universal joint which now can be found in nearly every
automobile manufactured. Current issues include a "this date
in history" section, featuring excerpts from articles originally
published 50, 100, and 150 years earlier. Topics include
humorous incidents, wrong-headed theories, and noteworthy
advances in the history of science and technology.
Porter sold the publication to
Alfred Ely Beach and
Orson Desaix Munn I a mere ten months after founding it.
Until 1948, it remained owned by Munn & Company. Under Orson Desaix Munn III,
grandson of Orson I, it had evolved into something of a
"workbench" publication, similar to the twentieth century
In the years after World War II, the magazine fell into
decline. In 1948, three partners who were planning on starting a
new popular science magazine, to be called The Sciences,
purchased the assets of the old Scientific American
instead and put its name on the designs they had created for
their new magazine. Thus the partners—publisher
Gerard Piel, editor
Dennis Flanagan, and general manager Donald H. Miller,
Jr.—essentially created a new magazine.
Miller retired in 1979, Flanagan and Piel in 1984, when Gerard
Piel's son Jonathan became president and editor; circulation had
grown fifteen-fold since 1948. In 1986, it was sold to the
Holtzbrinck group of Germany, which has owned it since.
In the fall of 2008, Scientific American was put under
the control of
Nature Publishing Group, a division of Holtzbrinck.
Donald Miller died in December 1998,
Gerard Piel in September 2004 and Dennis Flanagan in January
Mariette DiChristina is the current editor-in-chief, after
John Rennie stepped down in June 2009.
Scientific American published its first foreign
edition in 1890, the Spanish-language La America Cientifica.
Publication was suspended in 1905, and another 63 years would
pass before another foreign-language edition appeared: In 1968,
an Italian edition,
Le Scienze, was launched, and a Japanese edition,
Nikkei Science (日経サイエンス),
followed three years later. A new Spanish edition,
Investigación y Ciencia was launched in Spain in 1976,
followed by a French edition,
Pour la Science, in France in 1977, and a German
Spektrum der Wissenschaft, in Germany in 1978. A Russian
edition V Mire Nauki was launched in the Soviet Union in
1983, and continues in the present-day Russian
Federation. Kexue (科学, "Science" in Chinese), a
simplified Chinese edition launched in 1979, was the first
Western magazine published in the
People's Republic of China. Founded in
Chongqing, the simplified Chinese magazine was transferred
Beijing in 2001. Later in 2005, a newer edition, Global
Science (环球科学), was published instead of Kexue, which
shut down due to financial problems. A traditional Chinese
edition, known as
科學人 ("Scientist" in Chinese), was introduced to
Taiwan in 2002, and has been developed to the best popular
science magazine in Taiwan. The Hungarian edition Tudomány
existed between 1984 and 1992. In 1986, an Arabic-edition,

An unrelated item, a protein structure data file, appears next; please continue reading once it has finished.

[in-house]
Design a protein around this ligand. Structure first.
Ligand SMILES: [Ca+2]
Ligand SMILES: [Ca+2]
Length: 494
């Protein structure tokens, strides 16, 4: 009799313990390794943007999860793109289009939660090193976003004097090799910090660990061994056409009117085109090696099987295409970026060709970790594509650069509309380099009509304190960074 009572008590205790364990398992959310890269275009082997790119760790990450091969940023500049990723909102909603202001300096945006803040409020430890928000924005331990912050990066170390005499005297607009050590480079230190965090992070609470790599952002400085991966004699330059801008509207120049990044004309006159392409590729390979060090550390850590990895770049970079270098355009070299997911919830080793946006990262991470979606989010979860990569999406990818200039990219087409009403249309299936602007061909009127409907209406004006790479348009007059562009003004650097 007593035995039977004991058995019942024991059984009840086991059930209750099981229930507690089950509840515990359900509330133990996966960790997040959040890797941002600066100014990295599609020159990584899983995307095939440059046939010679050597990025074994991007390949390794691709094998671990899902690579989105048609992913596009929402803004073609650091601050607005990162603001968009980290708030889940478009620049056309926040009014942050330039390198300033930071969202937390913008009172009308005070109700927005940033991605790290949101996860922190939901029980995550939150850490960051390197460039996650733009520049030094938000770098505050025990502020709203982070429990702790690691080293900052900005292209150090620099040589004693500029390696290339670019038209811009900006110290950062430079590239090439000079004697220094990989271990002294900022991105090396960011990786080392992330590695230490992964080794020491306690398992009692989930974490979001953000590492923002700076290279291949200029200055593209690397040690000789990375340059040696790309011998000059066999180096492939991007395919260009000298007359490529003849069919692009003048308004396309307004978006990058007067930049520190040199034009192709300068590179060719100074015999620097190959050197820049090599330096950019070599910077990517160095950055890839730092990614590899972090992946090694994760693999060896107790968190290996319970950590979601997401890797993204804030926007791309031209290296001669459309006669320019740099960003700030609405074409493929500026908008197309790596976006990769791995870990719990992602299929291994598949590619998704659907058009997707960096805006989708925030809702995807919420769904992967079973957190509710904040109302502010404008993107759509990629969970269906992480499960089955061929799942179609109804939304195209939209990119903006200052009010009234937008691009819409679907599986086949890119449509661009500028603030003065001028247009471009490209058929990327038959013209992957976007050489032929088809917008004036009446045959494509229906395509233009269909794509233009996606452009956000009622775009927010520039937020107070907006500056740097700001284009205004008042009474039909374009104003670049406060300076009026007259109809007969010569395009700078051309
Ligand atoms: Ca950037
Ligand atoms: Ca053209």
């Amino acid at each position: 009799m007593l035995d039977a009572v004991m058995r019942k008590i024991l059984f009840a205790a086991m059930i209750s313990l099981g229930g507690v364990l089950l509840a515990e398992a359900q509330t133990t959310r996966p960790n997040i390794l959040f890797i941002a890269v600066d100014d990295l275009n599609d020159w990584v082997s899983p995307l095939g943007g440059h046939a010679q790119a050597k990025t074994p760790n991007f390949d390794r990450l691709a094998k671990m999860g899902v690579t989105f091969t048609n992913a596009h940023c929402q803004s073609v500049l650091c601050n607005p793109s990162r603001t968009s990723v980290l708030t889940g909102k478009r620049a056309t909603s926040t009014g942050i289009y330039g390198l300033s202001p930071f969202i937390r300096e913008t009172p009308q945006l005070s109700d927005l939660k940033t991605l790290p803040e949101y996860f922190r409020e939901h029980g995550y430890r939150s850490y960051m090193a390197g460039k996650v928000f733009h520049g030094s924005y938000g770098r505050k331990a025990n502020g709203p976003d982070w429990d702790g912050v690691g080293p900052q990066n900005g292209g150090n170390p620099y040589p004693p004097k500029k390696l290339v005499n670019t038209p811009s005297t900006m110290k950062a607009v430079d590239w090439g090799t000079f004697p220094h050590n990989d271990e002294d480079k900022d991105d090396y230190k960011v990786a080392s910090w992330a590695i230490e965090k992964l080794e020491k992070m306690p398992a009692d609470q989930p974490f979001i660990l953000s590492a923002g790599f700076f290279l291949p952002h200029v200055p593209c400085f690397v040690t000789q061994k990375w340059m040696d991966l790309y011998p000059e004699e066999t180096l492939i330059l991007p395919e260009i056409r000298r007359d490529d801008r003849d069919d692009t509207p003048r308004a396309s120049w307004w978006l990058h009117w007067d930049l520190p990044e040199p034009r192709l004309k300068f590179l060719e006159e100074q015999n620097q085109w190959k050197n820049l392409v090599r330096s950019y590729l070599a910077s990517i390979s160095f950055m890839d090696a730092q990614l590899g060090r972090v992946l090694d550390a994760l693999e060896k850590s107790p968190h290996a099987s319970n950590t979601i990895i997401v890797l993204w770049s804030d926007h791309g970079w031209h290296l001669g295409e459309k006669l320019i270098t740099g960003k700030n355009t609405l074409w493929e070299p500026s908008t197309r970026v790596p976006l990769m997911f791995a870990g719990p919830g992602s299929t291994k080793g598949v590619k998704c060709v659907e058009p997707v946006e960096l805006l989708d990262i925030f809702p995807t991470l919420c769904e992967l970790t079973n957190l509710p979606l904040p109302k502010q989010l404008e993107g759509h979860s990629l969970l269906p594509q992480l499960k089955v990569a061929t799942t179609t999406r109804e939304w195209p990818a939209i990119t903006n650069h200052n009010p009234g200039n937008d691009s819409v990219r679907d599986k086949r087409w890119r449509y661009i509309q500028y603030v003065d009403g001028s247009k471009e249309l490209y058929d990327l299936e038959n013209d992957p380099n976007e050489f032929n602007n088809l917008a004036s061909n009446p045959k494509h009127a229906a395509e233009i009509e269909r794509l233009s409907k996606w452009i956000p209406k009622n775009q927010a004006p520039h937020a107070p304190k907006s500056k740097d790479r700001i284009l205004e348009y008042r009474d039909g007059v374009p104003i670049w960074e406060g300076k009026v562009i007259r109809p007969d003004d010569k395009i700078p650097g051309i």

Oloom magazine (مجلة
العلوم), was published. In 2002, a Portuguese edition was
launched in Brazil.
Today, Scientific American publishes 18
foreign-language editions around the globe: Arabic, Brazilian
Traditional Chinese, Czech, Dutch, French, German, Greek,
Hebrew, Italian, Japanese, Korean, Lithuanian (discontinued
after 15 issues), Polish, Romanian, Russian, and Spanish.
From 1902 to 1911, Scientific American supervised the
publication of the
Encyclopedia Americana, which during some of that period
was known as The Americana.
PDF of first issue: Scientific American Vol.
1, No. 01 published August 28, 1845
Cover of the September 1848 issue
It originally styled itself "The Advocate of Industry and
Enterprise" and "Journal of Mechanical and other Improvements".
On the front page of the first issue was the engraving of
"Improved Rail-Road Cars". The masthead had a commentary as
Scientific American published every Thursday
morning at No. 11 Spruce Street, New York, No. 16 State
Street, Boston, and No. 2l Arcade Philadelphia, (The
principal office being in New York) by Rufus Porter. Each
number will be furnished with from two to five original
Engravings, many of them elegant, and illustrative of New
Inventions, Scientific Principles, and Curious Works; and
will contain, in high addition to the most interesting news
of passing events, general notices of progress of Mechanical
and other Scientific Improvements; American and Foreign.
Improvements and Inventions; Catalogues of American Patents;
Scientific Essays, illustrative of the principles of the
sciences of Mechanics, Chemistry, and Architecture: useful
information and instruction in various Arts and Trades;
Curious Philosophical Experiments; Miscellaneous
Intelligence, Music and Poetry. This paper is especially
entitled to the patronage of Mechanics and Manufactures,
being the only paper in America, devoted to the interest of
those classes; but is particularly useful to farmers, as it
will not only appraise them of improvements in agriculture
implements, But instruct them in various mechanical trades,
and guard them against impositions. As a family newspaper,
it will convey more useful intelligence to children and
young people, than five times its cost in school
instruction. Another important argument in favor of this
paper, is that it will be worth two dollars at the end of
the year when the volume is complete, (Old volumes of the
New York Mechanic, being now worth double the original
cost, in cash.) Terms: The Scientific American will
be furnished to subscribers at $2.00 per annum, - one dollar
in advance, and the balance in six months. Five copies will
be sent to one address six months for four dollars in
advance. Any person procuring two or more subscribers, will
be entitled to a commission of 25 cents each.
The commentary under the illustration gives the flavor of its
style at the time:
There is perhaps no mechanical subject, in which
improvement has advanced so rapidly, within the last ten
years, as that of railroad passenger cars. Let any person
contrast the awkward and uncouth cars of '35 with the
superbly splendid long cars now running on several of the
eastern roads, and he will find it difficult to convey to a
third party, a correct idea of the vast extent of
improvement. Some of the most elegant cars of this class,